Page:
And so I think it was really much easier to train because you just had something so positive in your life no matter what happened out on the road. And I always called being a mom, my secret weapon and nobody understood because they thought, “Well, how can you balance all your time?” And I said, “It’s just about having someone that’s always happy when you come home.”

So yeah. And my training, it definitely, had to change. I think that for the most part, we obviously, it’s important to train your systems as you would if you have a lot of time. But I think the most important thing is, we obviously made sure that I was fuel-efficient and that I was building in the correct zone, so my body could actually have that foundation to train properly. 

and that I was building in the correct zone, so my body could actually have that foundation to train properly. 

But you know, that was just a period of time, and quantity, or quality over quantity and made sure that every one of my workouts had a purpose. And so just for example, if I were to have had two easy days throughout the week, prior to motherhood at an hour and a half of active recovery, you know, maybe one of those now is an hour and the other day is this off. And so some of those active recovery, more mental rides were sometimes just not anything. It might’ve been more of a walk with my son. So Jim was really good at balancing motherhood and training, which was really key to being successful.

Dirk Friel

Well, now I can not ever watch the footage of you on the podium in London without crying myself. Almost as many tears, if anybody has not seen that, go to YouTube and search for it. This is where Lucas runs up on the podium and you were frantically searching for your family prior to that moment. And then finally you see your family and break down and Lucas comes out and I start balling.

Kristin Armstrong:

Yeah. It was definitely a moment that I, it’s ingrained in my brain as well. Yeah.

Dirk Friel:

Okay, so the last challenge here, so we have Rio, you know, age 42. How is that preparation different than Beijing, if any at all? You talked about recovery, where did you see age setting-in, or maybe you didn’t?

Kristin Armstrong:

Because I have raced and ridden my bike for so long, I find that I can get back pretty quickly. You know, my aerobic capacity, I can get back to my threshold after a good period of training, that comes back fairly quickly. 

Obviously with Rio being pretty hilly and spiky, I had to really work on that upper-end VO2. And that’s what we focus a lot on actually. Had a lot of three-minute efforts in my life. I had a lot of just, you know, 40/20s or 20/40s or 30/30s. I had a lot of over-unders really focusing on that high-end that seems to go away much quicker these days. The other thing that I had never done, which is just kind of a thing now is, and it’s an important component now, but I had never done anything pretty much off the bike.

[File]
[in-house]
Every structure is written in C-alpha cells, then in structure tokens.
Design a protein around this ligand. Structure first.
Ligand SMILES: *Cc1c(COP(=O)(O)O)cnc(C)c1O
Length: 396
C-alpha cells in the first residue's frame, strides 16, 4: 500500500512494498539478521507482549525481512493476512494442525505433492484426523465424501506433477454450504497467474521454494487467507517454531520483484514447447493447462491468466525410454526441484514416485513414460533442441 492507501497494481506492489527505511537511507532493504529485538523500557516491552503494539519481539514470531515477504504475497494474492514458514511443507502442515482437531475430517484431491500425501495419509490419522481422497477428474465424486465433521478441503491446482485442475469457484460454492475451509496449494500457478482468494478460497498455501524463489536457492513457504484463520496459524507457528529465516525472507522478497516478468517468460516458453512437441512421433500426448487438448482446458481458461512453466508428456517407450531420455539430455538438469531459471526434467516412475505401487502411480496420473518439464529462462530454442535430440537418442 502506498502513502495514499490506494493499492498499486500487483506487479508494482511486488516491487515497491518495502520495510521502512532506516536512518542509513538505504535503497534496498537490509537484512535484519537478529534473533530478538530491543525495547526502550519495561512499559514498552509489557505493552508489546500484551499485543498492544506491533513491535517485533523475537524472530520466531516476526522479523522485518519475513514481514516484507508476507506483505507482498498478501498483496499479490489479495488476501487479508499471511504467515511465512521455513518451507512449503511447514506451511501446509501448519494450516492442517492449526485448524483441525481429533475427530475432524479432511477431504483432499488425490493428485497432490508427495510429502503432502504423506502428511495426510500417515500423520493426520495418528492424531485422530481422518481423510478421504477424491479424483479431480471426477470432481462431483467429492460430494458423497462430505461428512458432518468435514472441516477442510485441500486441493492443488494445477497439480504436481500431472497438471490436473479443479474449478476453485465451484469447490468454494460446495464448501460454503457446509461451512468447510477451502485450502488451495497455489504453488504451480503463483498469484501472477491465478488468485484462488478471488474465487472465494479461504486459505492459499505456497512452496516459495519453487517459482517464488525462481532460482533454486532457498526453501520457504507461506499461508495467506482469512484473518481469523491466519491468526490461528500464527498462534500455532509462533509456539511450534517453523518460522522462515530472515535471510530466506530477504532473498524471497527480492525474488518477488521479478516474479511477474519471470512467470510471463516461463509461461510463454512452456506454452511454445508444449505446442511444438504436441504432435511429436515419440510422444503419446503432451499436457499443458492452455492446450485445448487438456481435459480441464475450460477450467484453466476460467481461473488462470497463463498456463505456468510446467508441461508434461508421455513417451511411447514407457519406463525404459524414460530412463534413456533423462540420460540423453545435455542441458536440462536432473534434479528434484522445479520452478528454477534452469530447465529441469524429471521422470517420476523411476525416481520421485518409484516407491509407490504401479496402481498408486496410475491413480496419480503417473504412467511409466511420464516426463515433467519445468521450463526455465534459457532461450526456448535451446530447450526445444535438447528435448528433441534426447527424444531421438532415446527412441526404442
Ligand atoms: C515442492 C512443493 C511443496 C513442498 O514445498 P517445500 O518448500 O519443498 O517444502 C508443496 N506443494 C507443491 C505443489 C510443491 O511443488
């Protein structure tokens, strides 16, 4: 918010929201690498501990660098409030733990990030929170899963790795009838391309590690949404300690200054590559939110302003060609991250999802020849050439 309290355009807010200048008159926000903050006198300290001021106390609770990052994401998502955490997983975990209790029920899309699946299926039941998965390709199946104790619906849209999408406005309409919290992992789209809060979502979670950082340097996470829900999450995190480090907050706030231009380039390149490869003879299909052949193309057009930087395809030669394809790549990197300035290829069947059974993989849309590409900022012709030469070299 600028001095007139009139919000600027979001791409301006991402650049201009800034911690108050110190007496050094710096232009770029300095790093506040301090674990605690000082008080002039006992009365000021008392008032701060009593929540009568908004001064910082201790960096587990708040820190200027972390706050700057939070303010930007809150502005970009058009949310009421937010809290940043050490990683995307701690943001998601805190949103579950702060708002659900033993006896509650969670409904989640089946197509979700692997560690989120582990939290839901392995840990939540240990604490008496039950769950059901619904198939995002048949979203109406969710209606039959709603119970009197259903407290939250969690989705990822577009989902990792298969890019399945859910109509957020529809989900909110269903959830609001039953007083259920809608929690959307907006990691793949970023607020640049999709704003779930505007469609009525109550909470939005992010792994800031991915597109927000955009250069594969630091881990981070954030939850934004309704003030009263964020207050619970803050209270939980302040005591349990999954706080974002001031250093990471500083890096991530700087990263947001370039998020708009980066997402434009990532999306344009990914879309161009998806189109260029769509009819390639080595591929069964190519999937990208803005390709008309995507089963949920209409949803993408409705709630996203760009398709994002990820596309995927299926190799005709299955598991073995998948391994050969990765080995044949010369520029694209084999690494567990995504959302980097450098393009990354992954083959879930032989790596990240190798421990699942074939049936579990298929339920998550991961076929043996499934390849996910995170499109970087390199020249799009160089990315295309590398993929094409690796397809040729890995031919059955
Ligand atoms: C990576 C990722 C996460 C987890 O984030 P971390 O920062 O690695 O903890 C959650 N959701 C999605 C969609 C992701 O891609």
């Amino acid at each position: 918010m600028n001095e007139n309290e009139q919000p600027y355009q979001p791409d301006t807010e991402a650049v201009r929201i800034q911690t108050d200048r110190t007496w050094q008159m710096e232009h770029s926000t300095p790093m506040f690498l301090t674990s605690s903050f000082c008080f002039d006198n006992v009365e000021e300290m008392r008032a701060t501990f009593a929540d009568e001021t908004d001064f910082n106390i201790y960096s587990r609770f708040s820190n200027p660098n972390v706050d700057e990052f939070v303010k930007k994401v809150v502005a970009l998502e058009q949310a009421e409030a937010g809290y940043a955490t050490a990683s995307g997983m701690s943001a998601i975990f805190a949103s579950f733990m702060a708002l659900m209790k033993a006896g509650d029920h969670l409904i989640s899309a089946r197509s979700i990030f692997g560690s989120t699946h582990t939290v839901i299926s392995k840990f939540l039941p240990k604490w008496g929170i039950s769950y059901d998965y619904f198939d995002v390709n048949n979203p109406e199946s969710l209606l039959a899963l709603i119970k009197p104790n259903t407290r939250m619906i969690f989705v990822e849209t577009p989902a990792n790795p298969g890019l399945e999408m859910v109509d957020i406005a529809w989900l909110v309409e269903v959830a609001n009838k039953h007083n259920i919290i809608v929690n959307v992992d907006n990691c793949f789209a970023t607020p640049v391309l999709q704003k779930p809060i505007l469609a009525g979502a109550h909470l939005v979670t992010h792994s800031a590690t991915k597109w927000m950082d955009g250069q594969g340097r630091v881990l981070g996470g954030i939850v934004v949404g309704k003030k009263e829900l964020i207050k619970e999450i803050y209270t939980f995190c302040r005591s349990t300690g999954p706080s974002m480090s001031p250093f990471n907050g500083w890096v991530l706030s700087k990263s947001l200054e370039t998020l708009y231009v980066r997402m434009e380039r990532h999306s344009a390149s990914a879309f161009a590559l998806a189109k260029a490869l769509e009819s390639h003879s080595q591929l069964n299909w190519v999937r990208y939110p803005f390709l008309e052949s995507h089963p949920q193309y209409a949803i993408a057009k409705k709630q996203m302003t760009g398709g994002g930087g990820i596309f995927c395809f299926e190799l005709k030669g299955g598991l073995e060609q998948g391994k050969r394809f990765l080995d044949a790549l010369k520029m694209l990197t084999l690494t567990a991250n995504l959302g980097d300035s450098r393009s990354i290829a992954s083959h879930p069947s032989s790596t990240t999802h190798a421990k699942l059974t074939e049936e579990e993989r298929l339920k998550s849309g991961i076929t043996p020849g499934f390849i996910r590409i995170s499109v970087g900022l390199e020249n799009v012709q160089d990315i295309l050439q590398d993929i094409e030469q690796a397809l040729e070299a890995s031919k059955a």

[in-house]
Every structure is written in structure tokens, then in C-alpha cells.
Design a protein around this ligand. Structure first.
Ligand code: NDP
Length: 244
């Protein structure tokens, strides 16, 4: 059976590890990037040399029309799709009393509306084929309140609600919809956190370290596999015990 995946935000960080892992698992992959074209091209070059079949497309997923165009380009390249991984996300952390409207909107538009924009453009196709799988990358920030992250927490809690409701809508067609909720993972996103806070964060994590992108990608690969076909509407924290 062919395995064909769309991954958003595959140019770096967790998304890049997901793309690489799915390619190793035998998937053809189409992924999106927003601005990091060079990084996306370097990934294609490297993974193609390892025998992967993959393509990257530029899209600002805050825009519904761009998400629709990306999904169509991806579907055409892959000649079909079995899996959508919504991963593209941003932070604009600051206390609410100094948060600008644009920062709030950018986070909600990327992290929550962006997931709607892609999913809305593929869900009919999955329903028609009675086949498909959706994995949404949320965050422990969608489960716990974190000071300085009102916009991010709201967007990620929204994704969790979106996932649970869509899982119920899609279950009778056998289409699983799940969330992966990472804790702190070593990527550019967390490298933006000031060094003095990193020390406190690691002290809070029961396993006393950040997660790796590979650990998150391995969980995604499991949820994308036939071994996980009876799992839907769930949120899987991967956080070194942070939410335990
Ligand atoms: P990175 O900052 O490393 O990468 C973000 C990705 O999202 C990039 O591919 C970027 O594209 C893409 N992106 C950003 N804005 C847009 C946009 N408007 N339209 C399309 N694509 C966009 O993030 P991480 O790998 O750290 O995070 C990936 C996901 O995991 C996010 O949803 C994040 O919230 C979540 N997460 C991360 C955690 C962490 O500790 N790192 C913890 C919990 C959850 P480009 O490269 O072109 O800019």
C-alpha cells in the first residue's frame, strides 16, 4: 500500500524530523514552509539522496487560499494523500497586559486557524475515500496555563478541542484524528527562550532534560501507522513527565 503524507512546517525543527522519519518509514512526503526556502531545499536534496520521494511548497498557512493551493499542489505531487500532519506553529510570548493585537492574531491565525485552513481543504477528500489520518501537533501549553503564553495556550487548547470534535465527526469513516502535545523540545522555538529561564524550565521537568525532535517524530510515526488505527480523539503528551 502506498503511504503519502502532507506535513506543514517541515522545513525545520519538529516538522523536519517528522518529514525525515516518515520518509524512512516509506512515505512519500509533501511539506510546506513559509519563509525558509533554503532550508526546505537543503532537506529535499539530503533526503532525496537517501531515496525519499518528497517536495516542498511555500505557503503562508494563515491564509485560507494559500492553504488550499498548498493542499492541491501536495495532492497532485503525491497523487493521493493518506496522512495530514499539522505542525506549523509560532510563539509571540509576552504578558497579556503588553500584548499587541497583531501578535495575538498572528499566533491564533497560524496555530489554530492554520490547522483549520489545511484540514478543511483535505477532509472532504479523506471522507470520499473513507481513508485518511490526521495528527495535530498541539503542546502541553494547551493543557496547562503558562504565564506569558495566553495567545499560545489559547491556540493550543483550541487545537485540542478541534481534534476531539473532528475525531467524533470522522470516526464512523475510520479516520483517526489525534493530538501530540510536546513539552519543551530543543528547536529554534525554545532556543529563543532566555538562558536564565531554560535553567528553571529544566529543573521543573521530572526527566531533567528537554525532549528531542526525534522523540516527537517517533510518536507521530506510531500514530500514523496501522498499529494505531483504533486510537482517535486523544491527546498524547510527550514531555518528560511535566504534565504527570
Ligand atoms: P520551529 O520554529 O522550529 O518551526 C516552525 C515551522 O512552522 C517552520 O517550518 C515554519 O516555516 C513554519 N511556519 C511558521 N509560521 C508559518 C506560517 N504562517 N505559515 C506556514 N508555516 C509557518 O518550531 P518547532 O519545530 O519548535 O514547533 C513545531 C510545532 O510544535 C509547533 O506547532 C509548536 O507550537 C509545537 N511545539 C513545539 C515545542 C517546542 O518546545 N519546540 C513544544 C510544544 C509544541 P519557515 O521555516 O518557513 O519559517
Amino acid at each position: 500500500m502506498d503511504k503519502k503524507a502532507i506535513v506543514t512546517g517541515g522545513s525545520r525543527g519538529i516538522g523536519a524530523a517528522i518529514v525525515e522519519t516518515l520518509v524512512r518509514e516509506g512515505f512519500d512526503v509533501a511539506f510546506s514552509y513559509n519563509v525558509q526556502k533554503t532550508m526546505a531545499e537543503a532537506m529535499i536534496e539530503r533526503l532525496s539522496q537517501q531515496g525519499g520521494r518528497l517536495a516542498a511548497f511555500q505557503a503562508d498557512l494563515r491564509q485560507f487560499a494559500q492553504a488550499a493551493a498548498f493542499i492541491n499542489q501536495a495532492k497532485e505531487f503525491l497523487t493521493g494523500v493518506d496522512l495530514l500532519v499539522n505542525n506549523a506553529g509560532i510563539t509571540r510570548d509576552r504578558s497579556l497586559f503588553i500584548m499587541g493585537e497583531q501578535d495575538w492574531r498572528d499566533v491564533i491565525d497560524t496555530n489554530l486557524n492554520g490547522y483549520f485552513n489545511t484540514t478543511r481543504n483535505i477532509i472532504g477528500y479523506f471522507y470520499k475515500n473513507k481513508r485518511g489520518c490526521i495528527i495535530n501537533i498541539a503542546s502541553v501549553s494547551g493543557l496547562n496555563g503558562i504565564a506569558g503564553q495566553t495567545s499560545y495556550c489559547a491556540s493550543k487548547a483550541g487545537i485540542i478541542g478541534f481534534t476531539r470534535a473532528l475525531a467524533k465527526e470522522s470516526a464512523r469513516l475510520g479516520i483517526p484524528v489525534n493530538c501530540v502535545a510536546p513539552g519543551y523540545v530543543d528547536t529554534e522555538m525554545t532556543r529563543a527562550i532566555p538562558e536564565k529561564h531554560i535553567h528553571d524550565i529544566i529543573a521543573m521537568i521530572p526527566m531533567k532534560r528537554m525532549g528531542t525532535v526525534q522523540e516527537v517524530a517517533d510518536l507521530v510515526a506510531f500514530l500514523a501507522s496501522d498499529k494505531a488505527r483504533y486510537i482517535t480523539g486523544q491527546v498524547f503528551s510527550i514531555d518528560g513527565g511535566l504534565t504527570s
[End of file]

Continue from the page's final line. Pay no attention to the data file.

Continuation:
You know, I would go to some yoga classes, but when we talk about strength training, that wasn’t in my life prior to Rio. So as time has gone, I have found that it’s very difficult to keep, you know, when you’re younger you lose some muscle mass and you start training again, your muscle mass comes back, no problem. And so I had to focus a lot on, what am I going to do off the bike to, well, first of all, it was to prevent injury. You know, I had to make sure that my core, so if I go out for a long ride and I have tons of elevation that day, a lot of times our core or our transverse abs, they turn off and our lower back starts to carry that weight. And you know, over the years of riding bikes, a lot of us feel that.

And so I found that a lot of functional training style activity, doing some more mobility, some yoga doing that really was a key component to my training when I became over 40. The other thing is that I worked with a registered dietician to hone in on my recovery plan. So it was interesting. I actually used TrainingPeaks and shared my TrainingPeaks account. And it was interesting because as you get older, I worked with dieticians in the past and they made my meal plans when I was like 32 years old. And you know, at the time, I’m 42, 41 and I don’t really need, I never felt that I needed anyone to really tell me like, okay, eat a salad at 12 o’clock and eat chicken at… I’m kind of past that part of I know how to eat a well-balanced diet.